Education Desk

What if you had to start your school system over almost from scratch? What if most of the buildings were unusable, and most of the teachers had left or been fired? Is that a nightmare, or your dream come true?

In New Orleans, that was the reality after the flooding that followed Hurricane Katrina. That set off a chain reaction that transformed the city's schools forever, first by a state takeover and then by the most extensive charter school system in the country.

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Across New York state this week, some students are refusing to take a test, and they're not getting punished for it. The test is a Common Core-aligned, federally mandated exam, and students, parents and educators are part of what they're calling the opt-out movement.

Opt-outs made news last week in several states: Colorado, Florida, Oregon, Maine, Michigan, New Mexico, Pennsylvania, to name a few. The objections are similar everywhere. But no state is posting numbers like New York.

The class of 2015 is nearing graduation. For students at Howard University in Washington, D.C., that day is May 9.

Seniors are excited — and they are getting antsy.

NPR's Weekend Edition has been following four of those seniors all semester: Taylor Davis, Ariel Alford, Kevin Peterman, and Leighton Watson.

This week, the four joined NPR's Rachel Martin in our D.C. studios to talk about the songs that have formed the soundtrack to their college years.

On weekend afternoons, Craig Adams Jr. plays for tourists on the streets of the French Quarter.

He gigs with different bands, bringing whatever's needed: trumpet, trombone, saxophone — he plays six or seven instruments in all. There's a white plastic bucket on the sidewalk so people can drop in cash as they browse the T-shirts and Mardi Gras masks.

Craig is 18, and there's music in his blood: "I had my uncle, my grandfather, and my dad to teach me." His father, Craig Adams Sr., leads a group called the Higher Dimensions of Praise Gospel Band.

Principal Nicholas Dean looks at his scarred, broken office door with resignation.

"Time to get a new lock," he says.

Over the weekend, a person or persons smashed into his office, found the keys to the school van and drove off in it.

It's another day at Crescent Leadership Academy, one of New Orleans' three second-chance schools for students who have not been successful elsewhere.

LA Schools To Apple: You Owe Us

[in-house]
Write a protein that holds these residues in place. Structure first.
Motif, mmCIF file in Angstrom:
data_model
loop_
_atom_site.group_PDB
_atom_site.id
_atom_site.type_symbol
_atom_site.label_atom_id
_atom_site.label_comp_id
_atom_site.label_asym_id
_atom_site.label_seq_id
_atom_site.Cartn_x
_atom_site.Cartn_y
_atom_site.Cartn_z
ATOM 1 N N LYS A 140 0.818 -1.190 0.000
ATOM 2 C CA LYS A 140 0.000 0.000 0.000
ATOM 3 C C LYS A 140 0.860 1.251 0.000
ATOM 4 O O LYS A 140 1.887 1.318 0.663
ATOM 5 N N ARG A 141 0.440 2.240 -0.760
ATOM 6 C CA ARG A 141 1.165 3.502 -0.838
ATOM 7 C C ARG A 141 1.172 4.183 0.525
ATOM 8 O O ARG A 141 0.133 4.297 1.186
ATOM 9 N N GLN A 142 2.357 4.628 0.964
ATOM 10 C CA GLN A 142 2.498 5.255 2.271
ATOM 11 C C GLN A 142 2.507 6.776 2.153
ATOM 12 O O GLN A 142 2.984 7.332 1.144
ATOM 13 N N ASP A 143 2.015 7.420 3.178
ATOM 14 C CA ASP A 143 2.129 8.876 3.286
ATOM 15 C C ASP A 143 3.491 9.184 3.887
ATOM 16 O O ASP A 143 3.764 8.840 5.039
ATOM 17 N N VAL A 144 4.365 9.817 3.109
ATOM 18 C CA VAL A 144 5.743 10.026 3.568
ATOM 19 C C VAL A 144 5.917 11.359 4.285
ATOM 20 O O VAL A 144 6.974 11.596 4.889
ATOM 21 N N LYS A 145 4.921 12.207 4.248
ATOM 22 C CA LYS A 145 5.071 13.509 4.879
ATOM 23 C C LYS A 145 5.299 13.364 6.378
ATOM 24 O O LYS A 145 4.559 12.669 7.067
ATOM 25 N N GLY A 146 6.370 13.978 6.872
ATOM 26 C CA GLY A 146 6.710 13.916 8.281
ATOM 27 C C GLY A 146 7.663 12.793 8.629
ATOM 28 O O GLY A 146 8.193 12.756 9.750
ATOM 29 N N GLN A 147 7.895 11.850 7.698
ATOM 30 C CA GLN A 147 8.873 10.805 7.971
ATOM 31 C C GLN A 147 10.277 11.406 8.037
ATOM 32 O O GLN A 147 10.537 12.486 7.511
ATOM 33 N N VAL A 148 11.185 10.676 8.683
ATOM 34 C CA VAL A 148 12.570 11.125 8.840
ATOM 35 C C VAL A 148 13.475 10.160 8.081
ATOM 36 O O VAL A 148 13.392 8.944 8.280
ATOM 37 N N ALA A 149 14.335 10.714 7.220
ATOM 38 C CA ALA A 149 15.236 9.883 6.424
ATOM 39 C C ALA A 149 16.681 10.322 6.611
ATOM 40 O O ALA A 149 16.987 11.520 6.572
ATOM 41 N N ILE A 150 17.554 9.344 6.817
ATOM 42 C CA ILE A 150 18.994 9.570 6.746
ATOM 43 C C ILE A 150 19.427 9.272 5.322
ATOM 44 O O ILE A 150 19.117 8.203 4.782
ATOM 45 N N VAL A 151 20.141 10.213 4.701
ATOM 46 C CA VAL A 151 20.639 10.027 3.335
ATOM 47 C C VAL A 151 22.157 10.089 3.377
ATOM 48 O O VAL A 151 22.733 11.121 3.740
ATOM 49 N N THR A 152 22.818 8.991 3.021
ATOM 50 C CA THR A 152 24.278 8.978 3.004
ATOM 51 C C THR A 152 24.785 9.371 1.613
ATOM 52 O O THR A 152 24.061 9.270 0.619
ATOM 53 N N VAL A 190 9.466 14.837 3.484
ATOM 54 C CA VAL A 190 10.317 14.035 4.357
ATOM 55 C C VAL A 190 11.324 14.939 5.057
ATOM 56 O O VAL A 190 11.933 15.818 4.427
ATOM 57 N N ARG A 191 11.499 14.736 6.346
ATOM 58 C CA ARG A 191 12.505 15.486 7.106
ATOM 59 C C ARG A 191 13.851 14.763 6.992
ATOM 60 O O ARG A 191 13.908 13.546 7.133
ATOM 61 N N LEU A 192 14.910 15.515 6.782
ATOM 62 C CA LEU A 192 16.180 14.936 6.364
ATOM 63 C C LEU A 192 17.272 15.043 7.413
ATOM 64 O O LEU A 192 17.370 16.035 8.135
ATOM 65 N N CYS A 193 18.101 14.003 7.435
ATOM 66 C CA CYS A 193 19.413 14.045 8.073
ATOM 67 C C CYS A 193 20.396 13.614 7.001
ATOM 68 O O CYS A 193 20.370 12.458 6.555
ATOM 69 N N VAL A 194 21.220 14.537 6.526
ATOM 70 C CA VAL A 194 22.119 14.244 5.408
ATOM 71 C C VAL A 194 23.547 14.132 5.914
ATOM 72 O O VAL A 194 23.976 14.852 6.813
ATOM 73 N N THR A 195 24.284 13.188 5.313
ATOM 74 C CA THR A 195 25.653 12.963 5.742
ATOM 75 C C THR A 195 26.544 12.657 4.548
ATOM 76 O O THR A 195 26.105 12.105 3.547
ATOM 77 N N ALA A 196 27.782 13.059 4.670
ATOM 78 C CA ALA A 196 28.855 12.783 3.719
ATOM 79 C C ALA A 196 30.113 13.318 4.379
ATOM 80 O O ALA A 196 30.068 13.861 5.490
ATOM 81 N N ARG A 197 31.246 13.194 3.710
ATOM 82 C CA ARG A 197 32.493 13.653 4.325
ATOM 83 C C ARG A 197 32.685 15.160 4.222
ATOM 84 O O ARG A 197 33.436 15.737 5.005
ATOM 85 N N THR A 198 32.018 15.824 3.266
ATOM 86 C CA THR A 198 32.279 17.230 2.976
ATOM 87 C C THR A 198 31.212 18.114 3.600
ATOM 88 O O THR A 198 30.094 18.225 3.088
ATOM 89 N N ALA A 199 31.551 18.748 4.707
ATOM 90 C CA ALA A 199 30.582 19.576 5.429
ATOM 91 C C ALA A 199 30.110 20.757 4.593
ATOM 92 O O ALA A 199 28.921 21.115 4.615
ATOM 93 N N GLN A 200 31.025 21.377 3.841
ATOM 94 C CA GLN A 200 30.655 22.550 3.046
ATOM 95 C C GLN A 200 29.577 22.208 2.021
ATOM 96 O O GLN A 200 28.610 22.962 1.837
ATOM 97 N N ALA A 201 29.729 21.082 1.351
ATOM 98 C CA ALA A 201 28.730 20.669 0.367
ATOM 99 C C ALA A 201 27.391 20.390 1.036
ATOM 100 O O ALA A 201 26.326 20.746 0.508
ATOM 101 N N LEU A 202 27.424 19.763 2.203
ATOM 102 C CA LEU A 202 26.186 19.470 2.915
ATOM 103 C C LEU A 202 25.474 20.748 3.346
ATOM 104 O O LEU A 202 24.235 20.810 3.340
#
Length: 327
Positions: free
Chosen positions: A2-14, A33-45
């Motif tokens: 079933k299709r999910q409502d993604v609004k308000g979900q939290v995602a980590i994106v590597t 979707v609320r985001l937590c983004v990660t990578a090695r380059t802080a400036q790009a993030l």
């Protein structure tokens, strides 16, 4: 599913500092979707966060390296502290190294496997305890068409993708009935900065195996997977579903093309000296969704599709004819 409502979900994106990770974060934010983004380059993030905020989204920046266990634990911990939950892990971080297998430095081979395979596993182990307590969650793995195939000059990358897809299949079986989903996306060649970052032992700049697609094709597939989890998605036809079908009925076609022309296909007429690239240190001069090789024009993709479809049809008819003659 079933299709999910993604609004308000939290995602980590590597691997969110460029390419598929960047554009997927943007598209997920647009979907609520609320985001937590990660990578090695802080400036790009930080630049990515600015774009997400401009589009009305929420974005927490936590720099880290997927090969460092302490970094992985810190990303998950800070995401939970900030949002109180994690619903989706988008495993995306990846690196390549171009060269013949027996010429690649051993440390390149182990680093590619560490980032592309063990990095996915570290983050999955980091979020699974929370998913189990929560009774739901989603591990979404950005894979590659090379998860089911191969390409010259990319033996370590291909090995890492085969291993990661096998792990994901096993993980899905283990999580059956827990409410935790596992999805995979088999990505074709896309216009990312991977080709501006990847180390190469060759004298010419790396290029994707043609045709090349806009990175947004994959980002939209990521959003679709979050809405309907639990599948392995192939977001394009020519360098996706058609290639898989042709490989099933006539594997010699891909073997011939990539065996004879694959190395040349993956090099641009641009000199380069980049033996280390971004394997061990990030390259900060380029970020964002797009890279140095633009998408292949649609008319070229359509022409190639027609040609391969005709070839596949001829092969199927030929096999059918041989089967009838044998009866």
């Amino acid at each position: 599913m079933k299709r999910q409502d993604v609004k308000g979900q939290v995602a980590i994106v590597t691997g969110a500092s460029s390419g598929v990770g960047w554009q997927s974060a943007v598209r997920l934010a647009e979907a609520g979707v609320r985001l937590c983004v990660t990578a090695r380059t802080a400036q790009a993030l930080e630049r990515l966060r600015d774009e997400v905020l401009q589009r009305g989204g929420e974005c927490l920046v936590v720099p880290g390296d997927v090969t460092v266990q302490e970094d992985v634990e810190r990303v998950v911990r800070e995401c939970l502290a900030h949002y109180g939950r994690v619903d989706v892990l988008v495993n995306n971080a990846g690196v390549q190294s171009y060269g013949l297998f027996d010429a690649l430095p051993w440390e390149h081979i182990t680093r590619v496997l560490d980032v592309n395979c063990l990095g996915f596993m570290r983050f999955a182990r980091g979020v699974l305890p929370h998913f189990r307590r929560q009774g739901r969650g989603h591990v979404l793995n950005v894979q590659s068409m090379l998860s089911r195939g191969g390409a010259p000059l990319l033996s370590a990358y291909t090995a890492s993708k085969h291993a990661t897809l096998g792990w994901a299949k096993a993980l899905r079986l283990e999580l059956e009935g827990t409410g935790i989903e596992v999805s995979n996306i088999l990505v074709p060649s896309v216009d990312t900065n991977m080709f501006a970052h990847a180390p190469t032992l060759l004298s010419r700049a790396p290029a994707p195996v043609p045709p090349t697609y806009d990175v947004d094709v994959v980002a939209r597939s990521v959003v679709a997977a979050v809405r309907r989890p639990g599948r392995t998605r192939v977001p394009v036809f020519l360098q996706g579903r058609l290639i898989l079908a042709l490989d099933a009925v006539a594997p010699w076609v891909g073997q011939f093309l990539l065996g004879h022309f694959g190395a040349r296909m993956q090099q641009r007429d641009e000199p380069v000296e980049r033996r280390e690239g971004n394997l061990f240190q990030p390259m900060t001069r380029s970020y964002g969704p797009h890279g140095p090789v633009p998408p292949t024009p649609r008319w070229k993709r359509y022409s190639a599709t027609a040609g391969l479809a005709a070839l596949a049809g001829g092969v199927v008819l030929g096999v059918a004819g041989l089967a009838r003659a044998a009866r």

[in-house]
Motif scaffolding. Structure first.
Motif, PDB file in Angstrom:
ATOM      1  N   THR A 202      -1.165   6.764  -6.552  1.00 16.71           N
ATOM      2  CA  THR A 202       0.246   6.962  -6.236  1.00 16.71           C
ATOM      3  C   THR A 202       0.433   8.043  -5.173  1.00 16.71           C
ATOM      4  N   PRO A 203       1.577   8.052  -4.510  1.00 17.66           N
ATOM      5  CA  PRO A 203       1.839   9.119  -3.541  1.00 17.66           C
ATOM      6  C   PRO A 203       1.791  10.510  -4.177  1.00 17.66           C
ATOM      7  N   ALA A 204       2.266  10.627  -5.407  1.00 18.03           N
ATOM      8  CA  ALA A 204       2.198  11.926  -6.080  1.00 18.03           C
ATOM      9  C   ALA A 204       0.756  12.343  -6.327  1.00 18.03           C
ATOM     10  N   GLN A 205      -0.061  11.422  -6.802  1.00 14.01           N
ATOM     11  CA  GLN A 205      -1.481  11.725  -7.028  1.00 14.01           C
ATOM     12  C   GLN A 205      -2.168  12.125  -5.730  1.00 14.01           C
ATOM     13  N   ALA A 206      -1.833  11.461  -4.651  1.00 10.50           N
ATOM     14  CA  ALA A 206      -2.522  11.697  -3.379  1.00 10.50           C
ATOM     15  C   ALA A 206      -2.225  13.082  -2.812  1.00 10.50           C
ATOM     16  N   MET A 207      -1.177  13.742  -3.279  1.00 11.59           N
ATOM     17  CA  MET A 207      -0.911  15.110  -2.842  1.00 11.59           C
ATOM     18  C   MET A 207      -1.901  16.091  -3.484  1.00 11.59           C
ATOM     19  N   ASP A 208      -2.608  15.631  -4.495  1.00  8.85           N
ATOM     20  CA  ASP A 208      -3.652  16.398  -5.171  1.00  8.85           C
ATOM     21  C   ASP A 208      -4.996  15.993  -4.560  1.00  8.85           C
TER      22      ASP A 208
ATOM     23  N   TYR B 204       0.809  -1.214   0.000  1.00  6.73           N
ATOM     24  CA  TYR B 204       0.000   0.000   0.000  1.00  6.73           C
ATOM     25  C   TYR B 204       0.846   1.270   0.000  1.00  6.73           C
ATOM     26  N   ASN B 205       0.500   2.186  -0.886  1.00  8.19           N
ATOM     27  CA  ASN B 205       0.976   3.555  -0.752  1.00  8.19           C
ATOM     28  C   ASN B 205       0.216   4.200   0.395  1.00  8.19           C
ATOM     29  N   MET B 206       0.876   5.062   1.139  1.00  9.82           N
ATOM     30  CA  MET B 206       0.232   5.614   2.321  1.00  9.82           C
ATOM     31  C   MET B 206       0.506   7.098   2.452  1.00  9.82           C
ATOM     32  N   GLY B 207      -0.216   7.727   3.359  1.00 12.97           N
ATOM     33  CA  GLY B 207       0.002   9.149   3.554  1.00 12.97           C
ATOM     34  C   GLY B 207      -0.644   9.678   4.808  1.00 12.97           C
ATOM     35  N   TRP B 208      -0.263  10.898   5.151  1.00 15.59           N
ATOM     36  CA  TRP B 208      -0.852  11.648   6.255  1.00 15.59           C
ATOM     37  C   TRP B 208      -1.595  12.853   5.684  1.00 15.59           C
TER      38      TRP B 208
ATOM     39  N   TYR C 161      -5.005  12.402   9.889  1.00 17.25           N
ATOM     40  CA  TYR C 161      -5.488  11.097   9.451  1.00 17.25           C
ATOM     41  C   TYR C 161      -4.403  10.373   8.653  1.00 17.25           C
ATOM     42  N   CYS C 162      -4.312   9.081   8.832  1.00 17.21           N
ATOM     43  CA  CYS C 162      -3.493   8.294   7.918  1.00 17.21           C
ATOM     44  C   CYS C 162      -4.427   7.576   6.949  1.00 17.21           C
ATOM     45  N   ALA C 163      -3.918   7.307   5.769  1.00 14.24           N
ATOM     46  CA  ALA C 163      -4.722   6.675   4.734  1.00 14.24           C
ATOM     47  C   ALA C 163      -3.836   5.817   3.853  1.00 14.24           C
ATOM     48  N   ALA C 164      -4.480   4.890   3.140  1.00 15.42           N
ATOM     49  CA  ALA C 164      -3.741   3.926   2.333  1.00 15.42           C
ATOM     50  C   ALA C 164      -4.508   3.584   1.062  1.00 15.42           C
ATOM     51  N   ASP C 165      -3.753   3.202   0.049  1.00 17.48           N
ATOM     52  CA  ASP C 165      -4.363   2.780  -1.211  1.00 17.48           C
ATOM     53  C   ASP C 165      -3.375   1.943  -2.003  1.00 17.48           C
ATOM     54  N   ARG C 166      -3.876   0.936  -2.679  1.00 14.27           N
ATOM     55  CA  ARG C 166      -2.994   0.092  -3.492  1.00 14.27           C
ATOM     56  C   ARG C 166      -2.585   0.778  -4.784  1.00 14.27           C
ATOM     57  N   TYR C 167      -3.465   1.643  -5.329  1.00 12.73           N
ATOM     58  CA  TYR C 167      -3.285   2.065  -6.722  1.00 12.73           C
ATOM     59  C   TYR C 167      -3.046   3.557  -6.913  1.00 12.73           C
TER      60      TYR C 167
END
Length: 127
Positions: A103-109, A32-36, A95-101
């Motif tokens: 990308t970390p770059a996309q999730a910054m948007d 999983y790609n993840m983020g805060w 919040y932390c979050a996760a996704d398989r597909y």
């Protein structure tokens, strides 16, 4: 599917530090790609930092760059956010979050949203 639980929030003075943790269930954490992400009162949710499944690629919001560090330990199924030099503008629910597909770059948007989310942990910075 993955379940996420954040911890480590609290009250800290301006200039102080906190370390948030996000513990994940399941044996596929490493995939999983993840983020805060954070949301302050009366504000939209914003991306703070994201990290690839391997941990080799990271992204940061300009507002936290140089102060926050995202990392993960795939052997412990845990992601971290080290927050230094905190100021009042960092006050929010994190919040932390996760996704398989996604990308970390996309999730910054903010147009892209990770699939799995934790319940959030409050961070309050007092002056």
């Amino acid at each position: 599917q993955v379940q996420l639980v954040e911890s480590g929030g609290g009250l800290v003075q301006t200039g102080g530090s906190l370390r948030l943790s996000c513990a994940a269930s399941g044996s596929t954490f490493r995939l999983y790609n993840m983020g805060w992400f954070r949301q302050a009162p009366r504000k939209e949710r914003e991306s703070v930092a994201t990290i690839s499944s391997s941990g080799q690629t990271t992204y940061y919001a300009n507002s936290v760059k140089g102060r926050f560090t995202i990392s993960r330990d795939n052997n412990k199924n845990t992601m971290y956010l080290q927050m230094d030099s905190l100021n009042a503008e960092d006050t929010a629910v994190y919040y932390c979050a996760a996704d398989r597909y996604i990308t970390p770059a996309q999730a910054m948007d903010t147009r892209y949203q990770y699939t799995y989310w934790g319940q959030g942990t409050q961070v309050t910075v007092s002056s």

Apr 16, 2015

The Los Angeles Unified School District is demanding that Apple Inc. refund millions of dollars for Pearson software that had been loaded onto iPads for the district's 650,000 students.

If an agreement on the dispute cannot be reached, the nation's second-largest school district could take Apple to court.

Two years after the district launched the most expansive school technology initiative in the country, its attorney said it is "extremely dissatisfied" with the work of Pearson, the publisher of the Common Core learning software.

Building a giant steel bale feeder is hard. Try it.

Problem No. 1: Unless you live in ranch country, you probably don't even know what it's supposed to look like — regardless of whether you can build one.

Problem No. 2: Arc welding is involved.

Problem No. 3: Getting it right requires some serious math.

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In South Korea, grim stories of teen suicide come at a regular clip. Recently, two 16-year-old girls in the city of Daejeon jumped to their deaths, leaving a note saying, "We hate school."

It's just one tragedy in a country where suicide is the leading cause of death among teens, and 11- to 15-year-olds report the highest amount of stress out of 30 developed nations.

In a fiery sentencing hearing Tuesday, a judge in Atlanta lashed out at some of the 10 former educators convicted in a grade-changing scandal. Prosecutors offered reduced sentences in exchange for apologies, but most of the former educators chose not to do that and received lengthy prison terms.

Every child's ability to succeed in school is influenced by lots of external factors: teacher quality, parenting, poverty, geography, to name a few. But far less attention has been paid to the power of a child's bedroom walls. Or, rather, the paint that's on them and the lead that may be in that paint.

Updated at 12:25 p.m. ET

Two of the 10 former Atlanta public school employees convicted this month of conspiring to cheat on state tests to earn raises and bonuses took plea deals Tuesday while the others received jail time of between one and seven years.

Illinois General Assembly

 

Current state law prohibits people with felony records from working in a school, or volunteering, or even driving a truck that makes deliveries to a school. But a measure pending before the Illinois House of Representatives could change that.